It’s logical that accomplished jazz violinist/composer Jeff Gauthier, founder of Cryptogramophone, makes eclectic music reflective of his label’s community of diverse musicians — from The Nels Cline Singers to Ben Goldberg to Todd Sickafoose — just as his own playing has contributed to his colleagues’ recordings. With his “Goatette” line-up, featuring the Cline brothers (percussionist/drummer Alex and Singers/Wilco guitarist Nels), keyboardist David Witham, Joel Hamilton on bass, and new addition John Fumo on trumpet, Gauthier has formed one of his strongest groups to date, as shown by the excellent new release Open Source.
Interestingly, legendary Los Angeles reed player and jazz improvisation advocate Vinny Golia plays a key role here. All Goatette members have played and collaborated with Golia, who nurtures a collective spirit amongst a huge number of younger players (including Gauthier) that has drawn attention in the contemporary jazz scene.
With Open Source, Gauthier creates his own engaging sonic L.A. metaphor. Both the album’s opening hard cut, “40 Lashes (With Mascara),” and “Prelude to a Bite” combine a noirish tribute to the L.A. landscape with nods to Miles Davis and earlier L.A. free jazz pioneers Eric Dolphy and Ornette Coleman. While “Prelude” leans more towards the funk-fusion of Davis’ On the Corner, “40 Lashes” contains the denser distorted tones of Bitches Brew. And yet, the foundations for both songs are rooted in the angular arrangement of early ‘60s work by Dolphy and Coleman.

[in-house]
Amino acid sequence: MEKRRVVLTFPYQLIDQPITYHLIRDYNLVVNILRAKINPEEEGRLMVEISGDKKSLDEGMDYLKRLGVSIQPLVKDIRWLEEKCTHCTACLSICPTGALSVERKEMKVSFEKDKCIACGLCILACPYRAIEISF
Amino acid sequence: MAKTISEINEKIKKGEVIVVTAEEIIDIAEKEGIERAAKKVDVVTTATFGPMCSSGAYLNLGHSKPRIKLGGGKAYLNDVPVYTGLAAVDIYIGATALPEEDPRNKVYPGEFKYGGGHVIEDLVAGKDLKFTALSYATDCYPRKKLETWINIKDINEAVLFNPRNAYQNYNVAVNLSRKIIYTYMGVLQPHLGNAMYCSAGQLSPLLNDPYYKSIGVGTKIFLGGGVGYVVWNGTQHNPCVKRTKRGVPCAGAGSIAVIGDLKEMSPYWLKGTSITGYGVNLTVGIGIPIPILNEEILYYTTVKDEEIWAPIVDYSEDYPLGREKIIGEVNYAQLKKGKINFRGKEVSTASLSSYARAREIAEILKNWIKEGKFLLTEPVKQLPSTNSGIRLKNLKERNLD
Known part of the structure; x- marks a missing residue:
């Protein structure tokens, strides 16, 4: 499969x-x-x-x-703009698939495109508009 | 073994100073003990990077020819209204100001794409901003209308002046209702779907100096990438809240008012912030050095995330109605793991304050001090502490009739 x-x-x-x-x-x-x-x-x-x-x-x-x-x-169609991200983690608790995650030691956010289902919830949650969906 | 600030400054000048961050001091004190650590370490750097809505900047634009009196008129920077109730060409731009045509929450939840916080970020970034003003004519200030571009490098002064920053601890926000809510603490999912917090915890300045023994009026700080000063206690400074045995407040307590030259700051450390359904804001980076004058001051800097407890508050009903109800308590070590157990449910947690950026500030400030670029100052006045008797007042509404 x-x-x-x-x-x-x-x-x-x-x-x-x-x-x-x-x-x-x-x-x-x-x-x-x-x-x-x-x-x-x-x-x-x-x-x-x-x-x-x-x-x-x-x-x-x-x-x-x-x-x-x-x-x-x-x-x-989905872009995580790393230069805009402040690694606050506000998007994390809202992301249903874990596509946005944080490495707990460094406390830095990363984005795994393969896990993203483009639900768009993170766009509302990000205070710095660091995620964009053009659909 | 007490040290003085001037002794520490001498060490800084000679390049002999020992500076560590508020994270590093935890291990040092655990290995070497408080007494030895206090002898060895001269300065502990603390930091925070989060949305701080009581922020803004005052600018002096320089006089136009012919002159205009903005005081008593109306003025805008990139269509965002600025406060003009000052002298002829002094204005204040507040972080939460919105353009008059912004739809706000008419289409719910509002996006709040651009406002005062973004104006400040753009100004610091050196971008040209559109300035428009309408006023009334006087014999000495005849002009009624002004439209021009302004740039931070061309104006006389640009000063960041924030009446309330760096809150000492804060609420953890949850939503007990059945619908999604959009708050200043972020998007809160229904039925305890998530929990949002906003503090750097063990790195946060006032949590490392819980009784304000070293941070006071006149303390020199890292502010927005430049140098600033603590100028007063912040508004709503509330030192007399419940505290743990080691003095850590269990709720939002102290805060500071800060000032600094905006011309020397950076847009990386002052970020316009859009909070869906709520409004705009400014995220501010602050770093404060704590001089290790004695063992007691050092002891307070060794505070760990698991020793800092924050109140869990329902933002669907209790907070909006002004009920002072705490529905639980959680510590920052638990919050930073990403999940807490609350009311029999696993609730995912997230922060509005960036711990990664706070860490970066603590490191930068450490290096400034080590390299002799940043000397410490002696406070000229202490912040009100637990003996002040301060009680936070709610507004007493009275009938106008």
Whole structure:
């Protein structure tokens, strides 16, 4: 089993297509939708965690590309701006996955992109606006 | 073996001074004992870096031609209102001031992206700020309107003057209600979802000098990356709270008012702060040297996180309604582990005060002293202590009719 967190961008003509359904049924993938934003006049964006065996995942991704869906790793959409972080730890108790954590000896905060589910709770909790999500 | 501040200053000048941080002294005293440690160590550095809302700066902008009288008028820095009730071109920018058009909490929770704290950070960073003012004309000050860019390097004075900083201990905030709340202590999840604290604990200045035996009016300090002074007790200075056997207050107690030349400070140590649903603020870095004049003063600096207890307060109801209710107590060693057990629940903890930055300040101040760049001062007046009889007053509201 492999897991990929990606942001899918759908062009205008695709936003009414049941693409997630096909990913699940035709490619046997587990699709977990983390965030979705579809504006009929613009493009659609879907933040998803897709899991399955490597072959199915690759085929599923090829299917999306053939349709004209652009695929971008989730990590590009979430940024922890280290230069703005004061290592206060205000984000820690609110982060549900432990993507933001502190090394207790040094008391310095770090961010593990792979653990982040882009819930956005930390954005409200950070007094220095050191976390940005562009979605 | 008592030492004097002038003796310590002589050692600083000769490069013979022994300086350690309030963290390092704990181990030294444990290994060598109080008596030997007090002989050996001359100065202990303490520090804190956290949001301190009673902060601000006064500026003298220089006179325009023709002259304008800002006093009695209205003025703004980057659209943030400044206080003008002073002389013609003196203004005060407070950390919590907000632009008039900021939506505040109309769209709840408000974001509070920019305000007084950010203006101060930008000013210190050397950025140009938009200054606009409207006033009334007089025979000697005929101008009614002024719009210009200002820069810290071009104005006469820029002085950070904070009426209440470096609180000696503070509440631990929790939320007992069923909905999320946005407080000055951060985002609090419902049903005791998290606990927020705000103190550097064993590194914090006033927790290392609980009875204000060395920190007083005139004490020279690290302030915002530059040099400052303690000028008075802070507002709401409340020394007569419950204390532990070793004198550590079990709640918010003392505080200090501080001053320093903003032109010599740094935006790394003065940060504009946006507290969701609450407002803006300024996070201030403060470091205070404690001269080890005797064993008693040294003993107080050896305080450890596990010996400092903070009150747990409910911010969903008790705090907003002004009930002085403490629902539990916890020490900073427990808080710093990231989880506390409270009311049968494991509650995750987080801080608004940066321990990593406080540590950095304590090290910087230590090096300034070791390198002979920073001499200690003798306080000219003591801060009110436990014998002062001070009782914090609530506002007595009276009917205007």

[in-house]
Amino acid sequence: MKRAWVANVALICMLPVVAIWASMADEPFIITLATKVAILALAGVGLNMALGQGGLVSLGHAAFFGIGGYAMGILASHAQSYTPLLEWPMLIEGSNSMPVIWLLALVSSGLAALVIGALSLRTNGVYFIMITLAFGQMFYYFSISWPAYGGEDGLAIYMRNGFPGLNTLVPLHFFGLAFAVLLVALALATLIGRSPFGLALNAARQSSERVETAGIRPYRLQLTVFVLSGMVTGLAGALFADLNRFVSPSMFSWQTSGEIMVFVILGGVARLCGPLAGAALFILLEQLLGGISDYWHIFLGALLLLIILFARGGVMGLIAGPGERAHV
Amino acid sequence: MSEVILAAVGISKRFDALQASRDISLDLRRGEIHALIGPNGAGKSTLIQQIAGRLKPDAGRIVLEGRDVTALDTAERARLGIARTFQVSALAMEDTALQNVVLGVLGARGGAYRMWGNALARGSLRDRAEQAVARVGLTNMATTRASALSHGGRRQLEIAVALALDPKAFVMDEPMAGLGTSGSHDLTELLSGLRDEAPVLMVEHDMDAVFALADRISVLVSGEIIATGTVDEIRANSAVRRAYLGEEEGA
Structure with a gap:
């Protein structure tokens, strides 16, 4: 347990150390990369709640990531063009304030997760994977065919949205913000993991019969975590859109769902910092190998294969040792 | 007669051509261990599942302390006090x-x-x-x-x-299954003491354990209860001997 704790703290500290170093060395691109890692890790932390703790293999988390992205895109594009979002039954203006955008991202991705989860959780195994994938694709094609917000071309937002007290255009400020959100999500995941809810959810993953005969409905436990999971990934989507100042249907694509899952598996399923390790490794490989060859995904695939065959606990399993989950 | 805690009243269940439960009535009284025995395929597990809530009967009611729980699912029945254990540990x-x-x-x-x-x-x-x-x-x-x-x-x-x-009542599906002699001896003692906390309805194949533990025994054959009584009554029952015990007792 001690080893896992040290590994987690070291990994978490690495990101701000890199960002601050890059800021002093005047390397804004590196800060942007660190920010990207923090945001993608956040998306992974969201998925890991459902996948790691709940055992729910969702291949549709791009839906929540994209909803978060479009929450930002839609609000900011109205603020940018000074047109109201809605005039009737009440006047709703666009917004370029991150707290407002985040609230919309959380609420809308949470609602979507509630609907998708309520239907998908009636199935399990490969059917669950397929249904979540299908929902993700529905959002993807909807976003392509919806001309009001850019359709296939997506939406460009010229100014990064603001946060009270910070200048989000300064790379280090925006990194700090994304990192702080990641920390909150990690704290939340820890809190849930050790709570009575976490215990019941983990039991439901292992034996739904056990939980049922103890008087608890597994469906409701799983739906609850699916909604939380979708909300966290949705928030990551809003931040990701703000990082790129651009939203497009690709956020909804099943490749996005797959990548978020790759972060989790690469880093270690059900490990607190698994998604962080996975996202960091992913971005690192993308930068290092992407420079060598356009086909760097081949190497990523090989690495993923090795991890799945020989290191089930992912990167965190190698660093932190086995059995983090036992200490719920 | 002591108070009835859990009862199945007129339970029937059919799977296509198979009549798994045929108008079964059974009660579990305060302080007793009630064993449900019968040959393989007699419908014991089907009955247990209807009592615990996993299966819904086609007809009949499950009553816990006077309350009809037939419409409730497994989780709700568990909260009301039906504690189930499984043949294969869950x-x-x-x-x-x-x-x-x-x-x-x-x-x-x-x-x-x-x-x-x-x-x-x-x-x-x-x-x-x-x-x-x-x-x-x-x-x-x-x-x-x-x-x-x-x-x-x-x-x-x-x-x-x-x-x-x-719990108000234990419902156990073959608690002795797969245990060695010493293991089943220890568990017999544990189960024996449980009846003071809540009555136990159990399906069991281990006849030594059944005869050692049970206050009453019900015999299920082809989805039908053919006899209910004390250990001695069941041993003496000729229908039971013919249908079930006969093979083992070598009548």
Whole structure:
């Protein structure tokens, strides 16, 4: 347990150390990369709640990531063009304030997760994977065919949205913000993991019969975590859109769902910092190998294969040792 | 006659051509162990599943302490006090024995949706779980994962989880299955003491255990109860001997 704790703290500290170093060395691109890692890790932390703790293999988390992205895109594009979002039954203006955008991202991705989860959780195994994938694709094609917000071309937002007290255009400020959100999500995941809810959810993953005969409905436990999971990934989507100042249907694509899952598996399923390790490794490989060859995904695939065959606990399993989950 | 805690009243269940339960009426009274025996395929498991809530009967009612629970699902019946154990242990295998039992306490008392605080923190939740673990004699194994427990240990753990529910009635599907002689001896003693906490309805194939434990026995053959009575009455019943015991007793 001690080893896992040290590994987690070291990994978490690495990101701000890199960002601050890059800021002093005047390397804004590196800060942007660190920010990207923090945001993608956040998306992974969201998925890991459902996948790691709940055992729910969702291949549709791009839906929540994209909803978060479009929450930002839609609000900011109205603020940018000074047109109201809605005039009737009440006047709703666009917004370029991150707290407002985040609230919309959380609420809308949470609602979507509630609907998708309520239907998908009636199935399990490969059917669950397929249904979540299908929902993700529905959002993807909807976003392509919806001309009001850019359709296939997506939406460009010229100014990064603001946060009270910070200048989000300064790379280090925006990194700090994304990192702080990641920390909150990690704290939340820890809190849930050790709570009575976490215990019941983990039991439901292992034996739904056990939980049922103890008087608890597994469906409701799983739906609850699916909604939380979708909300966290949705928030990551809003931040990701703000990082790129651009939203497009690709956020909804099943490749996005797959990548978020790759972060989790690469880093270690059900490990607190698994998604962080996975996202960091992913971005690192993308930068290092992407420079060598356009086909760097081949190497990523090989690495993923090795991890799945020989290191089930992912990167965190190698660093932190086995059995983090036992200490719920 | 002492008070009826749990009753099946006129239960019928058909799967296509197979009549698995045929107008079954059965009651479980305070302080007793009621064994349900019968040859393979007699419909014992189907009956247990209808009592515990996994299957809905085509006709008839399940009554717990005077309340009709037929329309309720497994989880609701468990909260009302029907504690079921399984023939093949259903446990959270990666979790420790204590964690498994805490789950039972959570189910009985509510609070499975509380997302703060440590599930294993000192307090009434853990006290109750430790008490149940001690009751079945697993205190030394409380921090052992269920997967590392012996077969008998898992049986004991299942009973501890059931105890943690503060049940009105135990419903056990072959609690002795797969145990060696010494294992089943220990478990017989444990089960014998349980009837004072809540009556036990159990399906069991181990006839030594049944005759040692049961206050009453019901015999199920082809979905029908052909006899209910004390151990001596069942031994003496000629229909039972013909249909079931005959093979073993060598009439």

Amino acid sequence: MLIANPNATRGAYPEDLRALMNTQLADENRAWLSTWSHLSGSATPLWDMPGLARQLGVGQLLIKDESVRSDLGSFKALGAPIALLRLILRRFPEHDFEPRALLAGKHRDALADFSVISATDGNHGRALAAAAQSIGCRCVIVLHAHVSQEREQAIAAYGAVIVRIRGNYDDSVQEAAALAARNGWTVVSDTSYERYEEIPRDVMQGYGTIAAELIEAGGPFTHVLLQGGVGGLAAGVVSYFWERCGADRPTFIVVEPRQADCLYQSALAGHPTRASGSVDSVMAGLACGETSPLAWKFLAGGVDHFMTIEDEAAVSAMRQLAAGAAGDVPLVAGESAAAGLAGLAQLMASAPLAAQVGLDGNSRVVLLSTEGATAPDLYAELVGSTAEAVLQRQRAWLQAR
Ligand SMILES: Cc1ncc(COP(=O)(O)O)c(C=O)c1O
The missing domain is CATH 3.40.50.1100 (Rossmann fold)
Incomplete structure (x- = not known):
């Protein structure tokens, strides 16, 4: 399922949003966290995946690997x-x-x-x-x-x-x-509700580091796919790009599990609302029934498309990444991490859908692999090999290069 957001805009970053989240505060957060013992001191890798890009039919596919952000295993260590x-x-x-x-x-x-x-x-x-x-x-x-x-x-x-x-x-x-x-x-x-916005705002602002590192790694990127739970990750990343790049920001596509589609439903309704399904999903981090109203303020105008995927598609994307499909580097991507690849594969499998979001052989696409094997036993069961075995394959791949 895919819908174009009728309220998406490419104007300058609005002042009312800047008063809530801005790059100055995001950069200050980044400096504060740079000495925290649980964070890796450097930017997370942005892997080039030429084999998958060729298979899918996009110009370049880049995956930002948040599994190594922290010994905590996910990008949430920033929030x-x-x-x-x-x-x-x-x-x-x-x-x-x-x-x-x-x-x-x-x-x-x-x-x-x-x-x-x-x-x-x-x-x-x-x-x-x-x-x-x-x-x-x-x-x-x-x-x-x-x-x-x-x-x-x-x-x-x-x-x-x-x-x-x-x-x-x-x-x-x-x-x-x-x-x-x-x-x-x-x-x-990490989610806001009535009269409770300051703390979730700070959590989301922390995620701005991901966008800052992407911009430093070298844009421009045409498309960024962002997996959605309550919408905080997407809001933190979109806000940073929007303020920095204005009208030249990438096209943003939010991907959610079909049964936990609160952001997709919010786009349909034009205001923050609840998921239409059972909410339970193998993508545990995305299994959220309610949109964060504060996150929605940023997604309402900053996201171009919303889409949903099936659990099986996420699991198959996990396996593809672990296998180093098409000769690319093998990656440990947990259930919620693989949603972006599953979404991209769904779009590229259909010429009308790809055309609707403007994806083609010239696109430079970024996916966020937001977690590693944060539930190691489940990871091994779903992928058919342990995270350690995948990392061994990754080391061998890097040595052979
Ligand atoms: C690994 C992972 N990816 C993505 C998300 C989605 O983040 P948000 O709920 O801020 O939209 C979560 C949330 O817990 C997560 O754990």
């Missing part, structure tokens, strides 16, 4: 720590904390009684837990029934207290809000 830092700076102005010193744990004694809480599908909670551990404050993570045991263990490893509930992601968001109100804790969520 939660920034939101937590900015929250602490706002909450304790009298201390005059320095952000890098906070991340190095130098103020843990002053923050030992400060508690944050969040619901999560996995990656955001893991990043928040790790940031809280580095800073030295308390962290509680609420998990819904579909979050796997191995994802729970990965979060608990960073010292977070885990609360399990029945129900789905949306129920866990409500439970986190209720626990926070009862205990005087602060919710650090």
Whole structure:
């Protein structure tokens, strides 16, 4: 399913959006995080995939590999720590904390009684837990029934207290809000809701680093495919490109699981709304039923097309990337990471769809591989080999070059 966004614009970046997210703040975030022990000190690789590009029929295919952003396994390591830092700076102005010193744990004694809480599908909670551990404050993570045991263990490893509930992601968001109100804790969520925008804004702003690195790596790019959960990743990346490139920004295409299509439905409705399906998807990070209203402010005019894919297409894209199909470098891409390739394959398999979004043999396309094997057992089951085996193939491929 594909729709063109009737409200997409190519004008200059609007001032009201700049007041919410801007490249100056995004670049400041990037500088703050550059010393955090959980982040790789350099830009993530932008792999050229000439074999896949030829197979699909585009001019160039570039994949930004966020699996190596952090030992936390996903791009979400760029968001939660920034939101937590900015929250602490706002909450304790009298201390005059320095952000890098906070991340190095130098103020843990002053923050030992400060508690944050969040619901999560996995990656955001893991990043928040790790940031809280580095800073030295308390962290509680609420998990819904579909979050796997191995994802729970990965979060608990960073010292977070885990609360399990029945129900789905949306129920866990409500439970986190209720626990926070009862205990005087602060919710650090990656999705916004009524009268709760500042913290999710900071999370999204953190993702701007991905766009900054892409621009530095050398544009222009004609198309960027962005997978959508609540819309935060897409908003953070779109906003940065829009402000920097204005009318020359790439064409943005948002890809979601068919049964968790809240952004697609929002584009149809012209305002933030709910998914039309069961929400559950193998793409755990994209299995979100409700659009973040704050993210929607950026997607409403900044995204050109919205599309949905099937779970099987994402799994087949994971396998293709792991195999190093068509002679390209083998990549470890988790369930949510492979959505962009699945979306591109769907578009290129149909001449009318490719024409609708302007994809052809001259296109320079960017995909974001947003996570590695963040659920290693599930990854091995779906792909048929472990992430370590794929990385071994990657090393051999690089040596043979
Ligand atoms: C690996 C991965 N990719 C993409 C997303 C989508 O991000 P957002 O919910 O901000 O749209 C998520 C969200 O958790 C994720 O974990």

The elegant “From a Rainy Night” and a rendition of Eric von Essen’s “Things Past” display the group’s ability in executing a more lyrical and minimalist approach. The deceptively breezy surface to these pieces shadows a complex, subtle interplay running beneath. It should also be noted that Gauthier has released three posthumous anthologies of von Essen’s work. The young bassist and prolific composer formed the chamber-jazz ensemble Quartet Music in the late ‘70s with Gauthier, and the Cline brothers died unexpectedly in 1997 in Sweden.
Gauthier takes his biggest artistic leap with the closing title track, an experimental composition that blends past and present. Alex Cline opens the piece creating a darkly ethereal atmosphere that the rest of the quintet builds on. Gauthier and Fumo provide an “old world” melody that peaks through this surreal din. Open Source is a fitting title — Gauthier freely and confidently taps into own eclectic sources of inspiration, one that is inclusive of traditional and improvisational forms of jazz, and one that he and his group articulate with depth and masterful energy.